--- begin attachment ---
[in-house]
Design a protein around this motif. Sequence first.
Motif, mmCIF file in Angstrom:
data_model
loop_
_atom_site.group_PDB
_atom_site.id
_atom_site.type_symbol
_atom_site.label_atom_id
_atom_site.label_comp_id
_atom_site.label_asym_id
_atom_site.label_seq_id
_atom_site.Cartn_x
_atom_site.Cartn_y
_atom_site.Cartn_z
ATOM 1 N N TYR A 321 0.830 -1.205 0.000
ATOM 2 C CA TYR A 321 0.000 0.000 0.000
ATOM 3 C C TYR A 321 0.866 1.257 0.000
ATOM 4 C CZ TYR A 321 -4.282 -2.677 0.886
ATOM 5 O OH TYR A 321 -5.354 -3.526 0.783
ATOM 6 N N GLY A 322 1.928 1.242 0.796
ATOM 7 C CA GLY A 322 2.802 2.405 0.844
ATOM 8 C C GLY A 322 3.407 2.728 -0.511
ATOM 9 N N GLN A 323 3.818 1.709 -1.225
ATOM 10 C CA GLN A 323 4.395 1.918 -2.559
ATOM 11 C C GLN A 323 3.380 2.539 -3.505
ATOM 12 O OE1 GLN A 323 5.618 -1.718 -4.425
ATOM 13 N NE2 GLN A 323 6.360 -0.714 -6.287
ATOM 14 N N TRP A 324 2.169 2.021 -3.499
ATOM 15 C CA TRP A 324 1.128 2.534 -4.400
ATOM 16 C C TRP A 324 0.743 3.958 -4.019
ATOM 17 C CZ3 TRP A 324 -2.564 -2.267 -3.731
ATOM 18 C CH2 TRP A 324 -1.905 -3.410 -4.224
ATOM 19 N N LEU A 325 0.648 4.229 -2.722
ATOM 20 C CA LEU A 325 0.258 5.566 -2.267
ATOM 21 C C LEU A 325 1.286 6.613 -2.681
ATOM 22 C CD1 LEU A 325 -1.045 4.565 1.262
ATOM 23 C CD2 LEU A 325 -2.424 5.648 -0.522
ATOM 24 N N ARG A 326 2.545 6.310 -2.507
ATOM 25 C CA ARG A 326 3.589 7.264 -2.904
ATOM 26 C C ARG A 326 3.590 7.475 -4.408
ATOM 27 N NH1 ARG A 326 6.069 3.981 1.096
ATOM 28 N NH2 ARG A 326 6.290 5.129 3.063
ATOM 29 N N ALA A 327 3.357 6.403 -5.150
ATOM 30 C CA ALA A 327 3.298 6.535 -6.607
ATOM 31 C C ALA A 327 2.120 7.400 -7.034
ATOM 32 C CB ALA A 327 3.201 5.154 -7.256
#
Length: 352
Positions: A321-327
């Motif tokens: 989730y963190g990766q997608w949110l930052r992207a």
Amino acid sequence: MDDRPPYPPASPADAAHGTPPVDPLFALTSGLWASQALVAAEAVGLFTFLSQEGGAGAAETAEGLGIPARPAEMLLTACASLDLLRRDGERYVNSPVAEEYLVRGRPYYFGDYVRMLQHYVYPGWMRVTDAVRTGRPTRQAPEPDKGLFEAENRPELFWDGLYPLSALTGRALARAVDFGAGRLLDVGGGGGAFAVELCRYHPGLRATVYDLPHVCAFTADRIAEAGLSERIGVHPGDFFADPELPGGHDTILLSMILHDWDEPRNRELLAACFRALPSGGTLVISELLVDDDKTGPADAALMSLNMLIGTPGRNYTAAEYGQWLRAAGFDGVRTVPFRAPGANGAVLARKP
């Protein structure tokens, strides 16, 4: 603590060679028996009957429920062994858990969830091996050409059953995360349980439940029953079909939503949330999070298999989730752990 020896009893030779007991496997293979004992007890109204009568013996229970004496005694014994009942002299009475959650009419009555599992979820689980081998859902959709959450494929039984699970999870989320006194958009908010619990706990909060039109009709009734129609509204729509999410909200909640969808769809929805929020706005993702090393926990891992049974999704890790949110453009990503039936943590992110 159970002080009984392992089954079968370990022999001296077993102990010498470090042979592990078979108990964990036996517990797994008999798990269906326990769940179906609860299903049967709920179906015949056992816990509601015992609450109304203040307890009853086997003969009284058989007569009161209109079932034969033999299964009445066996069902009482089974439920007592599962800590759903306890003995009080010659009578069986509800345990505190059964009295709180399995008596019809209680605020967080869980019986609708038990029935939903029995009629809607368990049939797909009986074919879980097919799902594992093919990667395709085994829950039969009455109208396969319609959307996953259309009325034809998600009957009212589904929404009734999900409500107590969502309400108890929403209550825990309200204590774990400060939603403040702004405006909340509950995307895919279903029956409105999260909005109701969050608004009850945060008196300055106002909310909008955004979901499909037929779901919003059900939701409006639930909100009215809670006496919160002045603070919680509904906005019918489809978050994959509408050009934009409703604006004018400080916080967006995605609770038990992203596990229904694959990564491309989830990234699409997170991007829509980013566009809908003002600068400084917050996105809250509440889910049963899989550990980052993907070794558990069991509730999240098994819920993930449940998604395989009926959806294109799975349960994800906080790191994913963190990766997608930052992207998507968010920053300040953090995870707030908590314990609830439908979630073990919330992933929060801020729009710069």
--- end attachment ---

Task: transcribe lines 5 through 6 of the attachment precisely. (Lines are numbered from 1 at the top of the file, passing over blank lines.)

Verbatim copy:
loop_
_atom_site.group_PDB